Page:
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Bundling Lies with Truths
January 14, 2022
by William P. Meyers

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Refusing to Sort Bundles is a Fundamental Human Flaw

This essay is inspired by a lifetime of trying to sort through the lies told by my fellow human beings. And by hearing some news reporting saying Harry Reid was "lying in state." Thinking: why not, he was a politician, he lied over an entire lifetime. Note that on the political spectrum, Harry Reid is reasonably close to me. The joke will be even better when Trump dies (if he does not ascend into heaven as his followers expect).

Lying comes in two major forms: purposefully lying and repeating lies while thinking they are true. In the second category there is a spectrum of moral hazard, ranging from repeating a falsehood heard from a reasonably reliable source to repeating a falsehood that is obviously or highly likely to be false based on its content. Everybody lies, the fair question being how much and in what situations. None of us are able to personally verify all we learn about the world. We can't all go to Afghanistan to make sure it exists and the reporting about its society is accurate. We can't all conduct quantum physics experiments or count every vote cast in every election. We need to depend on others. In many cases we have developed systems to try to insure the truth is told.

I was recently in a situation where I was expected to lie for a group I was in. Generally I am in agreement with the group, a Democratic Party organizations with a high percentage of progressives. I decided to resign my official position with the group, but stay in the group to continue to fight for better governance. This really pissed the liars off. Fortunately I have been though this before many times in my life (I am an old man). Most people calm down and, though they may refuse to admit they behaved badly, will eventually work with you again when you agree with them on a specific issue. What is frightening about humans is that a lot of them refuse to speak up even when they know the majority (or a vocal and typically cranky minority) is wrong. Even I have to choose my fights. I only have so much time and energy for the local democrats. I have to remind myself that where I choose to fight, someone else might choose to save their fight for another day or issue.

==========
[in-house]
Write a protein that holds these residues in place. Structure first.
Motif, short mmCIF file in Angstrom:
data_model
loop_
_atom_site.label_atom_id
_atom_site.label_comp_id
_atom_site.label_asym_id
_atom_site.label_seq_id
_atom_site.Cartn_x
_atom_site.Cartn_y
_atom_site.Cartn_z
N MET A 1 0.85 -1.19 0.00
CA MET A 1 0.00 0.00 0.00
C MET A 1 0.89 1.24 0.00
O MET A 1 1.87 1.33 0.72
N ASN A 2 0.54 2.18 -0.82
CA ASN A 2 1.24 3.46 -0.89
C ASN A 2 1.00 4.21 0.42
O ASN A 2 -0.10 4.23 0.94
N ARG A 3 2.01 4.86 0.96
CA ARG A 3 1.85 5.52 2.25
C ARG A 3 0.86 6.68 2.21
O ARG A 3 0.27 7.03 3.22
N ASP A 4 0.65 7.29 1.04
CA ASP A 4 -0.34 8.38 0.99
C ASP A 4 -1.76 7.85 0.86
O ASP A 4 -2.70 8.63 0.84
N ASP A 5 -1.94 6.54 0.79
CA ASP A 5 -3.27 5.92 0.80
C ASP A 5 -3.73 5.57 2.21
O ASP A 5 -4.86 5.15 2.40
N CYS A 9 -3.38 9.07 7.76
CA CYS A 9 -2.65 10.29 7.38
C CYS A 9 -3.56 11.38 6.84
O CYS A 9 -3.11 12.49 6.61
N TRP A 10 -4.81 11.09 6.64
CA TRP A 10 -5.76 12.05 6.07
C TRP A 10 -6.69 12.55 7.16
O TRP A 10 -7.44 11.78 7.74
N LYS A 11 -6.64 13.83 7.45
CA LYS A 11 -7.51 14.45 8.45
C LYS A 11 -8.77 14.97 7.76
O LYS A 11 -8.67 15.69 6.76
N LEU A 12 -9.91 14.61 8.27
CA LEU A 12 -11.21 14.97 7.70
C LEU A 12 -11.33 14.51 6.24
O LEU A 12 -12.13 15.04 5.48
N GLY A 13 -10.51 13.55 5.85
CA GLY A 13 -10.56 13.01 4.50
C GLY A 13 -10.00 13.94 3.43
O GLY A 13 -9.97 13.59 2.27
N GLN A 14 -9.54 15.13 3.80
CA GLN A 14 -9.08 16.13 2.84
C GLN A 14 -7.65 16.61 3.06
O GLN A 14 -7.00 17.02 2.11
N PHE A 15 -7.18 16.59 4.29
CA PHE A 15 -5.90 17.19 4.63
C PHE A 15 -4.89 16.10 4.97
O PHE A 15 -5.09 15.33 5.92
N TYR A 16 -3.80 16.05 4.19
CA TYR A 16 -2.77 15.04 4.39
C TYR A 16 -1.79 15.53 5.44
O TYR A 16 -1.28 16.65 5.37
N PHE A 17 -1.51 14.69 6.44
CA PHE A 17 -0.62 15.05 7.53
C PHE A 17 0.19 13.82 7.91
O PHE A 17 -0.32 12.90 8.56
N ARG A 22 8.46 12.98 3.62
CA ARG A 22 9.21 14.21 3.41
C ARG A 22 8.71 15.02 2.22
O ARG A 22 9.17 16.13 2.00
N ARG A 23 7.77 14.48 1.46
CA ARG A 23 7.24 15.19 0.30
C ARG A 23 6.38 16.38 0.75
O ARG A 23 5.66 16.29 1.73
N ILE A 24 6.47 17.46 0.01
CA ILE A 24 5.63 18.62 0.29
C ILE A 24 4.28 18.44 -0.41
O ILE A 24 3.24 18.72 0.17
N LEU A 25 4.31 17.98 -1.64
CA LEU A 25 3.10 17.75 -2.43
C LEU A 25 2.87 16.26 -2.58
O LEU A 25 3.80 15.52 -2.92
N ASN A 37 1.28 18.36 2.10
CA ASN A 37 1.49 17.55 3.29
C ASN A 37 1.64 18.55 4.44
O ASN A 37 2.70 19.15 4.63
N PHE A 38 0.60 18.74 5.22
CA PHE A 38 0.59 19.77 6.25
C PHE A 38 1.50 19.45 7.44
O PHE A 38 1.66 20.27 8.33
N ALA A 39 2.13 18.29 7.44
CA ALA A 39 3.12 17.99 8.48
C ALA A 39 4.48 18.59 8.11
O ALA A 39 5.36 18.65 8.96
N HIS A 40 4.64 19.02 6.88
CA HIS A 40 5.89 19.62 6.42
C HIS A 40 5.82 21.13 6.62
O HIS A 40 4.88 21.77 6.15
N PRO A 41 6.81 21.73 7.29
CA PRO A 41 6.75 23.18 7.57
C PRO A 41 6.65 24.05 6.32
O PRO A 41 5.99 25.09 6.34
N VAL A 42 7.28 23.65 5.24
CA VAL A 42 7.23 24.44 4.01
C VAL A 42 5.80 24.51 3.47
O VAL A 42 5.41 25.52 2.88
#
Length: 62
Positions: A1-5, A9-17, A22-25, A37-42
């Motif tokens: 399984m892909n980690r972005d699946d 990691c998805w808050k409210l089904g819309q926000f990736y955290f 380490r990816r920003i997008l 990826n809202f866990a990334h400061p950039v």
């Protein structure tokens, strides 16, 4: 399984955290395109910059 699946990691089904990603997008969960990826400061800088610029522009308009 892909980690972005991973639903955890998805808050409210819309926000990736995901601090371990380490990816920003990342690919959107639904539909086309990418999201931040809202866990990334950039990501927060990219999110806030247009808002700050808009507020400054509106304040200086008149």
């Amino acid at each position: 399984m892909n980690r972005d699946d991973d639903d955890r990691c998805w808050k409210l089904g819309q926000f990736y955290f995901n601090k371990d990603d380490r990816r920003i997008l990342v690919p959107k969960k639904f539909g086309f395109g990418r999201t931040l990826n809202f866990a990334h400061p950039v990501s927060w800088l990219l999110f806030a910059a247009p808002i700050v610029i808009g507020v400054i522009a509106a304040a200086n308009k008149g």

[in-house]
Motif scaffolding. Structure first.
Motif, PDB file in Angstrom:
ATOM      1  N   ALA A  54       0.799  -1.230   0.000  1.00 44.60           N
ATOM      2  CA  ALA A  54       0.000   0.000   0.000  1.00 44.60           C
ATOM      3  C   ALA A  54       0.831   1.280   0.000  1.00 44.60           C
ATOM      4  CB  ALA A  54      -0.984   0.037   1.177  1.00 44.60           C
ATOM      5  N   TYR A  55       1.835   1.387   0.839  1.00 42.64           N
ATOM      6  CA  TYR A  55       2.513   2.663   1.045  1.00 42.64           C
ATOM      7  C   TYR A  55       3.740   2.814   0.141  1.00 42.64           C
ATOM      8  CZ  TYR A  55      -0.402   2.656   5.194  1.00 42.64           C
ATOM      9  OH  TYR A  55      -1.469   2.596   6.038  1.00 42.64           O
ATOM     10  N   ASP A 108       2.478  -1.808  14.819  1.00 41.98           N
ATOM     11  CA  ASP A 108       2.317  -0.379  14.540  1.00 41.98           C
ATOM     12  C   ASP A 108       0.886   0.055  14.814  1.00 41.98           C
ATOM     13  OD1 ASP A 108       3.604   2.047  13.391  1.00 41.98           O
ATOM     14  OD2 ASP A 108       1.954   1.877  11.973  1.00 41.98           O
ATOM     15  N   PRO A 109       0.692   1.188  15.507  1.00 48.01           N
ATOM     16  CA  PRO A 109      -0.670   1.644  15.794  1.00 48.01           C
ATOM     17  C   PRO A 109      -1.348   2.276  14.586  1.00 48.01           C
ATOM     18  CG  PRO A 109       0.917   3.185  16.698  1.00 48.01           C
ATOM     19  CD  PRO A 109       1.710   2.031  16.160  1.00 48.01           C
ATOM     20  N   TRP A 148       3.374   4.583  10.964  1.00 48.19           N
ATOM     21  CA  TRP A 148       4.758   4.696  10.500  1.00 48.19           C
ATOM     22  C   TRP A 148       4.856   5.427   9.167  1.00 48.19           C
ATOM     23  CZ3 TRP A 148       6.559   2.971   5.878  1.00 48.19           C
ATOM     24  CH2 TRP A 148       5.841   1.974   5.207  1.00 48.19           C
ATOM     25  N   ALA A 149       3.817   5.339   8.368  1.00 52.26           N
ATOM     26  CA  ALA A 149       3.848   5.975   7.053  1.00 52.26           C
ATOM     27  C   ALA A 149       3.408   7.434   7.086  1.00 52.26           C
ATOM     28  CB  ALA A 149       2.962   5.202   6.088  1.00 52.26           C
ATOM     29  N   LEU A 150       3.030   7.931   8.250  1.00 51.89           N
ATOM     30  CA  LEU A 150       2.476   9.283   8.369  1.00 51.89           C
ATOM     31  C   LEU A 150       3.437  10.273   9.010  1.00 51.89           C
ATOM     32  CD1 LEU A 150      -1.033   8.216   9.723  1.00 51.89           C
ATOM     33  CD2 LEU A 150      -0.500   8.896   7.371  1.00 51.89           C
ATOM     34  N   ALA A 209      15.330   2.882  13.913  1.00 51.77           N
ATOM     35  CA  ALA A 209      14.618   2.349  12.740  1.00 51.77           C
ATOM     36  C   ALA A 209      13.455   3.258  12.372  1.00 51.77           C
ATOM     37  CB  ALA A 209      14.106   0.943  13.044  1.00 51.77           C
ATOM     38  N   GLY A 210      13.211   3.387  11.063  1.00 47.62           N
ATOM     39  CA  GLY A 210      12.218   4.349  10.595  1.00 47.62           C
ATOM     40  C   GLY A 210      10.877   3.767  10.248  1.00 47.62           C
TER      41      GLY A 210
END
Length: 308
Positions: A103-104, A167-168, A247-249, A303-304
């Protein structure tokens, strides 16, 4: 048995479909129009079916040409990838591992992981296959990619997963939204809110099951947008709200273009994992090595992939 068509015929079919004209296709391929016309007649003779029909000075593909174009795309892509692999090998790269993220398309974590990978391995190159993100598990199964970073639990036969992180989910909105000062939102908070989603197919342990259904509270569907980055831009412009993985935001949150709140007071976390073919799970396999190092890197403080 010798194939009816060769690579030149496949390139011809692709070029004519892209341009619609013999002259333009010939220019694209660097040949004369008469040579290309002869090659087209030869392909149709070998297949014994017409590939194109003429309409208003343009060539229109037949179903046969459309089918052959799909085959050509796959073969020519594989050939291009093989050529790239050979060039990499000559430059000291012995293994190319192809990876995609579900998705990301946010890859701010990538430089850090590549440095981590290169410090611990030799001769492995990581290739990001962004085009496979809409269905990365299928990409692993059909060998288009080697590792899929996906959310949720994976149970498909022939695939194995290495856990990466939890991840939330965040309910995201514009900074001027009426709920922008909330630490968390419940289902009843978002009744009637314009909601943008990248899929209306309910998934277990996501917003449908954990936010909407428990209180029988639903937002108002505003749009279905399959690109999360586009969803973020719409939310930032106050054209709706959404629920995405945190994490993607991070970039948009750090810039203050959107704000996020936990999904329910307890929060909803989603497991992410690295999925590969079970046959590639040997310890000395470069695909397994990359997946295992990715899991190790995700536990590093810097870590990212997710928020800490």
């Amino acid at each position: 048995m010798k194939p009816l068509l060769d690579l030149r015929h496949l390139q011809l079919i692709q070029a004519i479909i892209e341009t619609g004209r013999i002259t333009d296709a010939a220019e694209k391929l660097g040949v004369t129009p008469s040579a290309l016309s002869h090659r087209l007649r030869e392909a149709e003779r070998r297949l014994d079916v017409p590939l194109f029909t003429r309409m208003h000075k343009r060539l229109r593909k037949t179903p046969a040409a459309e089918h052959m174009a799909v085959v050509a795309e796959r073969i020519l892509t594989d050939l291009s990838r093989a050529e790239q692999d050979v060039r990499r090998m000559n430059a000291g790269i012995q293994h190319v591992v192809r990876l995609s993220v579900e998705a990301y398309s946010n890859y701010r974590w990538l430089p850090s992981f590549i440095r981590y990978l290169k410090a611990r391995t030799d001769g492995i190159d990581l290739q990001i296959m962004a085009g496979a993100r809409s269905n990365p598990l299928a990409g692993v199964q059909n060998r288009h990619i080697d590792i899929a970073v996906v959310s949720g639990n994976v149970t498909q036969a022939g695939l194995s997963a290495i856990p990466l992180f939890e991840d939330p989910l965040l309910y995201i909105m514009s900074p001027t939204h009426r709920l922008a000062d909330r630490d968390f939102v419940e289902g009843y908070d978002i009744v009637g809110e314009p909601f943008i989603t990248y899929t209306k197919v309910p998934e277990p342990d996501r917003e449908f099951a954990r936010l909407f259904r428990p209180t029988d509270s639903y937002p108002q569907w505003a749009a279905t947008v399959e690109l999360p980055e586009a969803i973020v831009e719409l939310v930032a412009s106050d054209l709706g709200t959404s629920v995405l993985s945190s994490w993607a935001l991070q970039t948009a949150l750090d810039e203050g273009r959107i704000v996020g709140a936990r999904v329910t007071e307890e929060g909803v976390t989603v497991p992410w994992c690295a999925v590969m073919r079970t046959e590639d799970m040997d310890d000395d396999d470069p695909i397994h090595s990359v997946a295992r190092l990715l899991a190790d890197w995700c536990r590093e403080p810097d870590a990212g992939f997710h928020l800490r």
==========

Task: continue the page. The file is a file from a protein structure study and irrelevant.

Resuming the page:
Now I will back up and use my childhood sorting out of lies, and cultural bundles, to show how much people can be up against. I was born a Democrat. My mother was from Texas and checked most of the boxes for a Southern Democrat in the 1950s and 1960s. My father was from Illinois and checked most of the boxes for a northern Catholic New Deal Democrat. Both were born before the Great Depression and lived through it. My father graduated from high school, worked a bit, then joined the Marine Corps in 1938. My mother worked as the child of a tenant farmer from an early age, then left school without graduating to work in a newly built uniform factory, for the army FDR was building to conquer the world, also around 1938. Like most Woman Marines my mother was dismissed at the end of WWII, but my father stayed in the corps until retiring in 1960.

What my parents taught me was to follow orders, keep my mouth shut, and take no initiative. My parents were dangerous people, even if you behaved. On the good side they demanded that I get good grades, and even arranged for me to get a scholarship to a prep school. My mother always made us meals, and she worked full time, while my father worked a full time and a part time job. They rarely talked in the presence of their children. They were used to the command and control system of the Marine Corps, where each person does what he (or she) is told, and general plans are made somewhere in the upper ranks.